“The purpose of in vitro thalamocortical-thalamic reticular nucleus,” or TC-TRN, “network oscillations was to show if thalamocortical oscillations observed in CaV3.1 knockout mice could be generated either within an intrathalamic network or if they were cortical driven oscillations,” Cheong points out. “Another difference between in vivo andin vitro networks is that compared to in vivo network all the afferent inputs into TC or TRN are not intact in an in vitro TC-TRN network.” The results showed that spindle-like oscillations were generated even in the absence of cortex.
The study shows that these differences also relate to In vivo data suggesting that TRN neurons are spindle pacemakers. “There have been debates on the leading role of TRN versus cortex in pacing the sleep spindles. In an in vitro TC-TRN network, both the afferent inputs and corticothalamic inputs onto TC neurons are not intact,” Shin explains. “Therefore, major inputs onto TC neurons in those experiments come from TRN neurons. The generation of intrathalamic oscillations under this condition indicates that the reciprocal connection between TRN and TC could generate the oscillations, which adds weight to the TRN neurons as spindle pacemakers. The generation of CaV3.1 knockout mice which lack T-type Ca2+ channels in TC neurons was the key to address this issue.”
Cheong emphasizes that the study’s major findings call into question the essential role of low-threshold burst firings in thalamocortical neurons. “It’s noteworthy that tonic spikes were more abundant than burst spikes during spindles even in wild Type thalamocortical neurons – not only in CaV3.1-/- TC neurons – whereas no difference in tonic and burst spike frequency was seen during non-spindle periods. Moreover,” he continues, “the tonic spike frequency increases significantly during cortical spindle events compared to non-spindle periods even in wild-type TC neurons. This is clearly different from that seen for burst spike frequency in wild-type TC neurons, which occurred with almost equal incidence during both the spindle and non-spindle periods.” Therefore, Cheong points out, the scientists concluded that TC burst firing is not required for the generation in spindle generation.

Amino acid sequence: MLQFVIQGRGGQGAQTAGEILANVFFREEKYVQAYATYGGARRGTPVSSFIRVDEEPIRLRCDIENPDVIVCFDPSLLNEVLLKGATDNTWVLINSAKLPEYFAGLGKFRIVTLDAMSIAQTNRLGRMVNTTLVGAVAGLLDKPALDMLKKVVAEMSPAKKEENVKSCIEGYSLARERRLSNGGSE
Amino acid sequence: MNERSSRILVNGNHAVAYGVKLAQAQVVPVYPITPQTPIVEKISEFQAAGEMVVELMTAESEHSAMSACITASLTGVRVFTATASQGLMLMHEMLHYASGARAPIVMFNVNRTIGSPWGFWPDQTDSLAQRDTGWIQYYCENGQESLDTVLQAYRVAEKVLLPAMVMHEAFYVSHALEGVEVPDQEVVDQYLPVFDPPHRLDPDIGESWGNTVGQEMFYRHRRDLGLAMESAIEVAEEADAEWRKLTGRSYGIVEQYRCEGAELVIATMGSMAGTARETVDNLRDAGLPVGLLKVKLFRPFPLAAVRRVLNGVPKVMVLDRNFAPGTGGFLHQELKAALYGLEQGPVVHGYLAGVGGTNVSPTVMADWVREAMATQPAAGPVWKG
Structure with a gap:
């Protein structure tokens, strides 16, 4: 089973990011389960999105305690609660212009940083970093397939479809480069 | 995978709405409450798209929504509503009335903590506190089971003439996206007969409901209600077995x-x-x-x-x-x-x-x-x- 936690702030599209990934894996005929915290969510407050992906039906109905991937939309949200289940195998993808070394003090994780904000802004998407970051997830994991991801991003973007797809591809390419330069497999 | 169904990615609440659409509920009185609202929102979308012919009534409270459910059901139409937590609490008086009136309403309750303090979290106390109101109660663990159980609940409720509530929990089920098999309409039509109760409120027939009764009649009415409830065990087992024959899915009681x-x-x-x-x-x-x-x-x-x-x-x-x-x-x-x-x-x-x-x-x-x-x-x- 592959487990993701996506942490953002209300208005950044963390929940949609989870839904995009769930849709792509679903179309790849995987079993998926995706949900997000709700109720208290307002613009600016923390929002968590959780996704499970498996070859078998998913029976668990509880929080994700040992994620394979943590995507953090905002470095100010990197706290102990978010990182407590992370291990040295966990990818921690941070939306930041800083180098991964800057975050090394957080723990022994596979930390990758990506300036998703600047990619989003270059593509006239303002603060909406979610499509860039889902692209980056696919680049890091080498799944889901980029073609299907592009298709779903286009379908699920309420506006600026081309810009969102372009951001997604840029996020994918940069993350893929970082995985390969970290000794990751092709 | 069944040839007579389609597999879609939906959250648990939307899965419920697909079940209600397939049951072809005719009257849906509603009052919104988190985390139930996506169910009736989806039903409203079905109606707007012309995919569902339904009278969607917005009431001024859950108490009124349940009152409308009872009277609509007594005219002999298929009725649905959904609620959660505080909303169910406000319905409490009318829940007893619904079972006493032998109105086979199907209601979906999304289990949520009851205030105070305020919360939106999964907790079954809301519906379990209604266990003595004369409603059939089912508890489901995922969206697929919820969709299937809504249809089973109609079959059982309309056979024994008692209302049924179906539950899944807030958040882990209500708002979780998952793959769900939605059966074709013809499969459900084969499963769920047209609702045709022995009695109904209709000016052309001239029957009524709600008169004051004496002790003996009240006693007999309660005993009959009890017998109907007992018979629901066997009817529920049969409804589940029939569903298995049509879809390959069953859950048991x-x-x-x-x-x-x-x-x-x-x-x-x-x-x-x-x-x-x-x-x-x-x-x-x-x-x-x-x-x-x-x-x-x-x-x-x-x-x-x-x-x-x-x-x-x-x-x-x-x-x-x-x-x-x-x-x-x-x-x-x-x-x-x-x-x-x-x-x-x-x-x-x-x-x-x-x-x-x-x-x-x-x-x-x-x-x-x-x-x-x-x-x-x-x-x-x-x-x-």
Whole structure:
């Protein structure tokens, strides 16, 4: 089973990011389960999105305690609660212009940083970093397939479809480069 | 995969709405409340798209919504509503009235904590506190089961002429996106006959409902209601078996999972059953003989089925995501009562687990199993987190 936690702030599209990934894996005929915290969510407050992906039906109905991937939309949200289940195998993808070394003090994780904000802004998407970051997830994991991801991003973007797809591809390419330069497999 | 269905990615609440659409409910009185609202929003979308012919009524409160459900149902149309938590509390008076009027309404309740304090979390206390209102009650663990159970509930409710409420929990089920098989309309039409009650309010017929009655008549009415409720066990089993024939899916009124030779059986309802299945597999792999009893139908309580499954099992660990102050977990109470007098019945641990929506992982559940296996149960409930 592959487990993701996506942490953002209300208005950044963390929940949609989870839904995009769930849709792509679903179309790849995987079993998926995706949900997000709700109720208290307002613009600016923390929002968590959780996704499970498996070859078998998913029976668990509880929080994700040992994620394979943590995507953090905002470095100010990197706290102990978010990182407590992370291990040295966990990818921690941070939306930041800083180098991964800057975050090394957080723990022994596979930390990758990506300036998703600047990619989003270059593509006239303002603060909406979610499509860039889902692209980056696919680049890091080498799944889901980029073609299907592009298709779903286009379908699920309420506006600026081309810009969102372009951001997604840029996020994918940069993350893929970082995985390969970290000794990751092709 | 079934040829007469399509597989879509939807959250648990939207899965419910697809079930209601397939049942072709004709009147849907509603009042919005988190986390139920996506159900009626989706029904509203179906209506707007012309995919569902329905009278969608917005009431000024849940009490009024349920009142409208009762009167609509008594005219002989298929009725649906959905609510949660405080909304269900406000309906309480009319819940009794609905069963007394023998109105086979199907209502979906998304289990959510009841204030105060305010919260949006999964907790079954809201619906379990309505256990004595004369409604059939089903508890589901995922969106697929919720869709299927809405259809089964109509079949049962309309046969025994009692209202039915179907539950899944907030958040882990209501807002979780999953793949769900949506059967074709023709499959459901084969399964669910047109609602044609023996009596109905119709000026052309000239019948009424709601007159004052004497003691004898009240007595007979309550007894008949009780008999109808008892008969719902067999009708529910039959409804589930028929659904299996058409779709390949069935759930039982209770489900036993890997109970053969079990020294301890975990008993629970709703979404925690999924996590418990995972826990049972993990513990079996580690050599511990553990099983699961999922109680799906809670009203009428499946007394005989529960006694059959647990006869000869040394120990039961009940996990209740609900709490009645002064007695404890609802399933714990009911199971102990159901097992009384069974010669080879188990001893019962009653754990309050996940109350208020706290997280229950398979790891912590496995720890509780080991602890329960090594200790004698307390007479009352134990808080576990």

The researchers also found that the peak frequency of sleep spindles was not different between wild and CaV3.1 KO mice, which suggested that TC spikes are not critical in determining the spindle frequency. However, Shin notes, the question of what drives TC neurons to fire during spindles remains to be further investigated, although they think that TC firing during spindles indicates that the TC-TRN network is not as simple as previously believed.
Moving forward, Cheong tells Medical Xpress, the researchers would like to further investigate the firing pattern of TC neurons during natural NREM sleep, including spindle, delta and slow waves. and also elucidate the detailed ensemble behavior of neuron within thalamocortical network during sleep. Moreover, TC burst firing has long been implicated in both physiological thalamocortical oscillations during both sleep and pathological thalamocortical oscillations, such as spike-wave-discharges appearing in absence epilepsy. “Our current study clearly showed that TC burst are not essential for sleep spindles, which would be helpful information to develop the anti-epileptic agents,” Shin concludes.